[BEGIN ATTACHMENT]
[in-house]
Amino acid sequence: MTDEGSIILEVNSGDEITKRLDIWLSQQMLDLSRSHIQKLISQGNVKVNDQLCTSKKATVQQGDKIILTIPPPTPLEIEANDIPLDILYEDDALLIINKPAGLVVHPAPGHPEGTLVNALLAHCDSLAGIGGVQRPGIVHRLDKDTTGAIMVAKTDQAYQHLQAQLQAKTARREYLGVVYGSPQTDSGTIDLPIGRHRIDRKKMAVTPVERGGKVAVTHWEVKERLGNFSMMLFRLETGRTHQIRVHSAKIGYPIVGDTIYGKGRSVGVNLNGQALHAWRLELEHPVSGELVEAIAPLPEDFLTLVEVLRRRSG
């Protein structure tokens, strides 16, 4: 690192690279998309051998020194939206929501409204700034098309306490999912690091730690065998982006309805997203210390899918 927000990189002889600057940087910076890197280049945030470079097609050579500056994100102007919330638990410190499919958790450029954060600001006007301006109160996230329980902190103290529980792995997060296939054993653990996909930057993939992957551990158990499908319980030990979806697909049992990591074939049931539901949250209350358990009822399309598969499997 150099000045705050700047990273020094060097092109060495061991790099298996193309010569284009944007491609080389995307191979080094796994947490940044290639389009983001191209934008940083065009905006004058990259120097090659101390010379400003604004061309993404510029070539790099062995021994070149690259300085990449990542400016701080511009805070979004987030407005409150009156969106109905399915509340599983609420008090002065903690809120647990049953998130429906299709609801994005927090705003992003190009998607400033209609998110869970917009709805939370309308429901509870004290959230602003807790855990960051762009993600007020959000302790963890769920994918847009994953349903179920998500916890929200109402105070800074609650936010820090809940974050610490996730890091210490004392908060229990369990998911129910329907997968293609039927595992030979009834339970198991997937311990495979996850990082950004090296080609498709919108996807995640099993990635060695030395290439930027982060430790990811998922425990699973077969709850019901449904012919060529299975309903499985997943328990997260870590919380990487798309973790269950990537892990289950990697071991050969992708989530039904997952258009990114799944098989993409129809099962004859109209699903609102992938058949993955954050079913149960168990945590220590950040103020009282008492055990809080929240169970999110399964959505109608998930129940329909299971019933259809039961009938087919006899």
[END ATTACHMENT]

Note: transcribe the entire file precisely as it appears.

[in-house]
Amino acid sequence: MTDEGSIILEVNSGDEITKRLDIWLSQQMLDLSRSHIQKLISQGNVKVNDQLCTSKKATVQQGDKIILTIPPPTPLEIEANDIPLDILYEDDALLIINKPAGLVVHPAPGHPEGTLVNALLAHCDSLAGIGGVQRPGIVHRLDKDTTGAIMVAKTDQAYQHLQAQLQAKTARREYLGVVYGSPQTDSGTIDLPIGRHRIDRKKMAVTPVERGGKVAVTHWEVKERLGNFSMMLFRLETGRTHQIRVHSAKIGYPIVGDTIYGKGRSVGVNLNGQALHAWRLELEHPVSGELVEAIAPLPEDFLTLVEVLRRRSG
């Protein structure tokens, strides 16, 4: 690192690279998309051998020194939206929501409204700034098309306490999912690091730690065998982006309805997203210390899918 927000990189002889600057940087910076890197280049945030470079097609050579500056994100102007919330638990410190499919958790450029954060600001006007301006109160996230329980902190103290529980792995997060296939054993653990996909930057993939992957551990158990499908319980030990979806697909049992990591074939049931539901949250209350358990009822399309598969499997 150099000045705050700047990273020094060097092109060495061991790099298996193309010569284009944007491609080389995307191979080094796994947490940044290639389009983001191209934008940083065009905006004058990259120097090659101390010379400003604004061309993404510029070539790099062995021994070149690259300085990449990542400016701080511009805070979004987030407005409150009156969106109905399915509340599983609420008090002065903690809120647990049953998130429906299709609801994005927090705003992003190009998607400033209609998110869970917009709805939370309308429901509870004290959230602003807790855990960051762009993600007020959000302790963890769920994918847009994953349903179920998500916890929200109402105070800074609650936010820090809940974050610490996730890091210490004392908060229990369990998911129910329907997968293609039927595992030979009834339970198991997937311990495979996850990082950004090296080609498709919108996807995640099993990635060695030395290439930027982060430790990811998922425990699973077969709850019901449904012919060529299975309903499985997943328990997260870590919380990487798309973790269950990537892990289950990697071991050969992708989530039904997952258009990114799944098989993409129809099962004859109209699903609102992938058949993955954050079913149960168990945590220590950040103020009282008492055990809080929240169970999110399964959505109608998930129940329909299971019933259809039961009938087919006899």